Post written by Olivia Hancock.
The True/False Film Fest brings critics from all over the country each year to celebrate the documentary art form. However, Robert Greene, director of Fake It So Real and moderator of the first panel of the fest, says a lot of critics are missing the mark when it comes to talking about nonfiction films.
“The building blocks of making a movie become a negative when it comes to documentaries,” he says.
The panel, made up of critics Miriam Bale, Vadim Rizov, Eric Hynes and Ignatiy Vishnevetsky, agree that it’s time for documentaries to be seen and written about as art — just like any other movie. That means talking about basic components of film form: editing, cinematography and sound.
Greene says he first noticed a difference between how fiction and nonfiction films are discussed when he read a review of Only the Young, which was shown at True/False last year, by New York Times critic Manohla Dargis. He says she was longing for the film to have context where none was really necessary.
“When it’s a documentary, (critics) are going, ‘Where the hell is the important stuff I’m supposed to be getting out of this? Why is this just about teenagers living, damn it,” Greene says to the laughter of some of the panel members.
The discussion took the form of a casual debate with members of the audience chiming in, usually to stand up for the subject matter the panel said is secondary to style and form in documentaries.
The Odd Fellows Lounge, where the panel took place, added to the laid-back atmosphere with its smaller venue size and mixture of cushy couches and folding chairs.
One audience member pointed out limitations that many documentary filmmakers face that might affect the form of a movie, such as a smaller budget. Hynes responded by saying that critics often take those limitations for granted, and that’s what is affecting their writing negatively.
“We’re actually not talking enough about form with documentary films because we think, ‘Oh, this doesn’t apply to this,’” Hynes says.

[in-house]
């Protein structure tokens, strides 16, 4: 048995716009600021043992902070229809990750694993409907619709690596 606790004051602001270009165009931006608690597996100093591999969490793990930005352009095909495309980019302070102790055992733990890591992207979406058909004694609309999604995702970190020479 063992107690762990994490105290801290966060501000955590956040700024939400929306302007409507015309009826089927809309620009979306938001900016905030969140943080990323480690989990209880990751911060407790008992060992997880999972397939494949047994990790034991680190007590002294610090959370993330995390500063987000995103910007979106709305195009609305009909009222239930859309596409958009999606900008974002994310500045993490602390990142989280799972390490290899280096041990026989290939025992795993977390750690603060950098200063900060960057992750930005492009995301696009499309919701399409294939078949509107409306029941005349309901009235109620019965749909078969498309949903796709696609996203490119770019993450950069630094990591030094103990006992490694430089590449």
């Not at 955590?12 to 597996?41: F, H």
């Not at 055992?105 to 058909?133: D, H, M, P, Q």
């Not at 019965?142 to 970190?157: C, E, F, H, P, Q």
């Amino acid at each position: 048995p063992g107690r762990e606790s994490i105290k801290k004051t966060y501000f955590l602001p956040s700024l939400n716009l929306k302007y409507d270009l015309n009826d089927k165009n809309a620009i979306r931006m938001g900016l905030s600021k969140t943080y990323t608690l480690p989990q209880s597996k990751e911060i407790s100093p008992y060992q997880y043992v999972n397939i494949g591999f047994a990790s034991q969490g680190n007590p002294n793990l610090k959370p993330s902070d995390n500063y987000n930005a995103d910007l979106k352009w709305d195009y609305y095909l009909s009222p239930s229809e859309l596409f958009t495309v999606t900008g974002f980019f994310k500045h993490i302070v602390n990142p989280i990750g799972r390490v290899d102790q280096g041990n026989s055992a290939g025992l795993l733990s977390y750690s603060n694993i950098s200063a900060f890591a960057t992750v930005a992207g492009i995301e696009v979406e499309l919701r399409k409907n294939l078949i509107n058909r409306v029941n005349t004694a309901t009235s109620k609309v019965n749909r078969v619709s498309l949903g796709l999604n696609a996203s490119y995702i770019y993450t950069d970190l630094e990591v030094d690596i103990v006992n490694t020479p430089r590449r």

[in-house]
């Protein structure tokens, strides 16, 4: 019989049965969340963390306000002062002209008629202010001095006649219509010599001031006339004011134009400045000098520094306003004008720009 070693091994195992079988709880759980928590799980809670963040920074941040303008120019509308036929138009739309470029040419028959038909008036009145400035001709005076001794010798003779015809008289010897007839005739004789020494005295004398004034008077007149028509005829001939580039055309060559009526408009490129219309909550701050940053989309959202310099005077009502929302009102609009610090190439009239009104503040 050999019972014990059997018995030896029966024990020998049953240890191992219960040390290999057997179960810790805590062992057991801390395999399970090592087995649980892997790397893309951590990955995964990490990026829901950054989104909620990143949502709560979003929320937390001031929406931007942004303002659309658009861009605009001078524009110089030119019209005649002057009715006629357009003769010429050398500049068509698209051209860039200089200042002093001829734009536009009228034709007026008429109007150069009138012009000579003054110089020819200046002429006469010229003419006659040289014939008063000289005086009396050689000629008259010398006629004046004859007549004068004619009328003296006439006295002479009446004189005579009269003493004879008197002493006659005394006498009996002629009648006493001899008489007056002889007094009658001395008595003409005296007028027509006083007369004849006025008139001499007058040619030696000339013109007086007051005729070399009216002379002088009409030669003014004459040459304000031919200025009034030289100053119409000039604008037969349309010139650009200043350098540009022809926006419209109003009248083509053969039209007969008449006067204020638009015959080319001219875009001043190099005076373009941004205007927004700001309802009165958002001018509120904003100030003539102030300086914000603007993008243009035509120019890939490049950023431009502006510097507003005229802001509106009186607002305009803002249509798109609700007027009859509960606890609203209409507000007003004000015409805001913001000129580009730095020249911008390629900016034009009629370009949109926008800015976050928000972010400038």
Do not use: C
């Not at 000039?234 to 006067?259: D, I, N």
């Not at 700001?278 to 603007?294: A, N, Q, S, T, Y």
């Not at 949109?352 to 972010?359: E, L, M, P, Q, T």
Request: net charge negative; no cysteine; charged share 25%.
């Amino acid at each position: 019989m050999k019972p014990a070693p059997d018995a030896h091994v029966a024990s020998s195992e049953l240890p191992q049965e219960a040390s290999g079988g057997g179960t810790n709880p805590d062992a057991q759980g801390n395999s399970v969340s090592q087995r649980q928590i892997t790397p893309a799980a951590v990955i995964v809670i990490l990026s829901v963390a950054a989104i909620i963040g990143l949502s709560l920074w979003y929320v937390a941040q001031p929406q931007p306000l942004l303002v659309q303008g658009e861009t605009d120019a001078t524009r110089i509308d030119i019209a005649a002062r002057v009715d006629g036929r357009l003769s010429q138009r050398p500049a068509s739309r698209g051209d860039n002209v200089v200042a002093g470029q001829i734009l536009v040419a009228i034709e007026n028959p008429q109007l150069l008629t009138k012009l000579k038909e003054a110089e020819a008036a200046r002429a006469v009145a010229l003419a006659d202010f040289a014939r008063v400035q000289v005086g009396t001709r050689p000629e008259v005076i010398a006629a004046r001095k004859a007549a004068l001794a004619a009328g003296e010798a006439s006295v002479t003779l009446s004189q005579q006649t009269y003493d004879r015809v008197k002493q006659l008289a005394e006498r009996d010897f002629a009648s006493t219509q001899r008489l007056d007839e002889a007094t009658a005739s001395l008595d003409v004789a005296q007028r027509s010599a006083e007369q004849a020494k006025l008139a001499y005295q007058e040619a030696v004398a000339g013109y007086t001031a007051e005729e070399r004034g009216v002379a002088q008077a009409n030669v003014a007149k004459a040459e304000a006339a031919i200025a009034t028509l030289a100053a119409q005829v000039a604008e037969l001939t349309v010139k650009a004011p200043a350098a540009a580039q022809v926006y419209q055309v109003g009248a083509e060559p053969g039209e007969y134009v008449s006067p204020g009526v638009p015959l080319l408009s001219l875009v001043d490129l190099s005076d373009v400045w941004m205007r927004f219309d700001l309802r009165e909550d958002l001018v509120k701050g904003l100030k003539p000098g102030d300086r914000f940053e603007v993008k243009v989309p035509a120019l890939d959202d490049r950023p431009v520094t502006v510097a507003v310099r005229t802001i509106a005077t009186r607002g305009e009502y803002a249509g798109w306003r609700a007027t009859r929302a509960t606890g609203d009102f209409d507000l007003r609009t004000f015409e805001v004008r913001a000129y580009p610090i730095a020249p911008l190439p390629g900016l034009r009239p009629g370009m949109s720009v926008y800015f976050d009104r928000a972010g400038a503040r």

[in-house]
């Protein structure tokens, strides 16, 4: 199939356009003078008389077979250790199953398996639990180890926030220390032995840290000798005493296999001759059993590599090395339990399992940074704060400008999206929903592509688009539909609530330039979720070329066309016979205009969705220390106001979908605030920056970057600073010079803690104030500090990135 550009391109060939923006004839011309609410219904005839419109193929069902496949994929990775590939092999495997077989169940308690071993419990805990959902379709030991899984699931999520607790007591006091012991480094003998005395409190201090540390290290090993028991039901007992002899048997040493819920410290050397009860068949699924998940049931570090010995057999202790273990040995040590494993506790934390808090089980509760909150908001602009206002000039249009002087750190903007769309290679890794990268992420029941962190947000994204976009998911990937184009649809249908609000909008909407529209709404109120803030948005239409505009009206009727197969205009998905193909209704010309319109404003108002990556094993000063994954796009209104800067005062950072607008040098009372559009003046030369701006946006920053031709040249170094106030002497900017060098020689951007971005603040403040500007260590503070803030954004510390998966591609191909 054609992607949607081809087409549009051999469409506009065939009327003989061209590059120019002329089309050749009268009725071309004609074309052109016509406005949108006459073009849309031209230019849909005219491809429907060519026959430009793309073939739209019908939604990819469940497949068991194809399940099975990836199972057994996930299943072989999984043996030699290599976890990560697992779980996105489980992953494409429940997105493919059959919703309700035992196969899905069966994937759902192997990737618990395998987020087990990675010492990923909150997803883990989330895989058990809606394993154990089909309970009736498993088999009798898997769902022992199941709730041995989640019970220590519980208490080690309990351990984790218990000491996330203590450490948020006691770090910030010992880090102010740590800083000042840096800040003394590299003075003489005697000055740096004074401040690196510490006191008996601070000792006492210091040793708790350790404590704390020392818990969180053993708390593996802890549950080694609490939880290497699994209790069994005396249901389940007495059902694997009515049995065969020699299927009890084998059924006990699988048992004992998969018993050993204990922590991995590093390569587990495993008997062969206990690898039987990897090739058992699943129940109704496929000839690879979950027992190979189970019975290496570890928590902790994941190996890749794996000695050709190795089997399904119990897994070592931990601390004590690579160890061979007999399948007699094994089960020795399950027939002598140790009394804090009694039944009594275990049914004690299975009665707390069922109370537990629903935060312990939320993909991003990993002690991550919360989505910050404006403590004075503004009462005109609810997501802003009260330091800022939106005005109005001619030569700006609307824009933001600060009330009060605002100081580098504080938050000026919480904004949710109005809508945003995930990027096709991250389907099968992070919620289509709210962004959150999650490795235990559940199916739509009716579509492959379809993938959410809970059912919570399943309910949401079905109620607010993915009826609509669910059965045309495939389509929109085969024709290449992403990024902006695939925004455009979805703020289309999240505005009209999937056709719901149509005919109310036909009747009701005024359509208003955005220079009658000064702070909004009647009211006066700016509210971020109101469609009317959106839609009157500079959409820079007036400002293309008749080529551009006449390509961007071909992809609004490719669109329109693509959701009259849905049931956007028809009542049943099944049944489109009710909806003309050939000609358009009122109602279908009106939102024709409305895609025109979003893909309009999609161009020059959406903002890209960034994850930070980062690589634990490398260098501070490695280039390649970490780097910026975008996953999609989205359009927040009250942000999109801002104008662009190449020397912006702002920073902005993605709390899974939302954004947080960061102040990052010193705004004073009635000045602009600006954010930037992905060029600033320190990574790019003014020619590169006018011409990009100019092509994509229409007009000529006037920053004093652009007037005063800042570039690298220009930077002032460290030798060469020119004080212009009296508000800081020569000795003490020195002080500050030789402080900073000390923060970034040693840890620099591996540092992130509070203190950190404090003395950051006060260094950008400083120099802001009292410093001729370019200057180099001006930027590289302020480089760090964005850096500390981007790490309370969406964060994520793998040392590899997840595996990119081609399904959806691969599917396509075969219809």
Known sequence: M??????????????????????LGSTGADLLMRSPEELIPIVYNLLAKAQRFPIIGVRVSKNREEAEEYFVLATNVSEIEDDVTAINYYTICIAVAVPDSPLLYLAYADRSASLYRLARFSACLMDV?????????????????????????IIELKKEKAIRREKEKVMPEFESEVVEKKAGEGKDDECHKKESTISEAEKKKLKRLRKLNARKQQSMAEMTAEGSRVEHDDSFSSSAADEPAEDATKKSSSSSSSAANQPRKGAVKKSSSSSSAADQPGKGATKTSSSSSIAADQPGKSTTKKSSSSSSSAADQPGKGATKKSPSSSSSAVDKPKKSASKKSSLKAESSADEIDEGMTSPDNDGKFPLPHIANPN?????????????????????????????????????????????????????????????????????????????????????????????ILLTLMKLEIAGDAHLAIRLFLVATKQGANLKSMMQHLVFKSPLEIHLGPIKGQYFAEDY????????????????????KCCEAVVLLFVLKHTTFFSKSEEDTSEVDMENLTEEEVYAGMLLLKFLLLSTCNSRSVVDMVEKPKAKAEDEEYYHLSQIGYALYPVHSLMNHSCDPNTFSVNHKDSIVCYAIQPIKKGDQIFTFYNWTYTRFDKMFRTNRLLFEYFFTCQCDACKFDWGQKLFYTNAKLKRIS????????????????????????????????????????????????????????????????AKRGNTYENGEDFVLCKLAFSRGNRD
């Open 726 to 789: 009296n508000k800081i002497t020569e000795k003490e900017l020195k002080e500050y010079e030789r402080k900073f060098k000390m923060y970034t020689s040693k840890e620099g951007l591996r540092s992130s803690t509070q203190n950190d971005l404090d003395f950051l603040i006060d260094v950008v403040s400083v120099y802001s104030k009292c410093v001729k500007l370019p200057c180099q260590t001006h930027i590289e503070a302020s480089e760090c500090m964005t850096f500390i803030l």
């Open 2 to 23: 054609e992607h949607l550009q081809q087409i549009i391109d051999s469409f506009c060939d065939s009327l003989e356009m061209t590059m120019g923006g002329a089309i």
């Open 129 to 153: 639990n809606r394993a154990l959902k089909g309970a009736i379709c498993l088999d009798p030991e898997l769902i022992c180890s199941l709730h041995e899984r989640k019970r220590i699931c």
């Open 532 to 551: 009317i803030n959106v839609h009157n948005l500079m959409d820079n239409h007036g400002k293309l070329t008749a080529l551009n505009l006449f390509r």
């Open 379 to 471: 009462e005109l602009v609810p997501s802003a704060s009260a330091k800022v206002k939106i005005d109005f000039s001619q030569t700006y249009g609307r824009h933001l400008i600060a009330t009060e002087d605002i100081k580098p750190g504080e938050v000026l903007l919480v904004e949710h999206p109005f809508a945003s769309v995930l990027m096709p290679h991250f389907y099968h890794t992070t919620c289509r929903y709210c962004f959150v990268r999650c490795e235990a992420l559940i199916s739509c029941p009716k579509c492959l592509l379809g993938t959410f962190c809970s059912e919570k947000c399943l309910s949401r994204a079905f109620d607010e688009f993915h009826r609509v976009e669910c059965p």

The panel says that in a perfect world, people who truly have a passion for documentaries would write about them. But this isn’t economically realistic, and assignments can’t be handed out only to the people who are really jazzed about them.
Vishnevetsky suggests that it’s time to stop trying to hold documentaries to journalistic standards that fiction films don’t have to live up to. He cited Tchoupitoulas as an example of this; it’s a documentary that was shot over months in New Orleans but made to look like it took place in one night, which is more art than journalism.
“On the one hand it’s very much about the reality of this city, but on the other hand it’s structured in a completely — if you were looking at is as a piece of reporting — fraudulent way,” he says.
Greene adds to Vishnevetsky’s statement, saying, “The way Tchoupitoulas was talked about in reviews was like, ‘How dare they break the rules —’”
“How dare they make narrative?” Vishnevetsky chimes in, smiling.
“— which really was, ‘How dare they make a film more interesting?’” Greene says.
Vishnevetsky says leaving out form in reviews is akin to a sportswriter only reporting a score of a game and not saying anything about the dynamics of the team.
“It’s the same as if you were reporting the most basic facts and then not talking at all about the context in which these events occurred,” he says.
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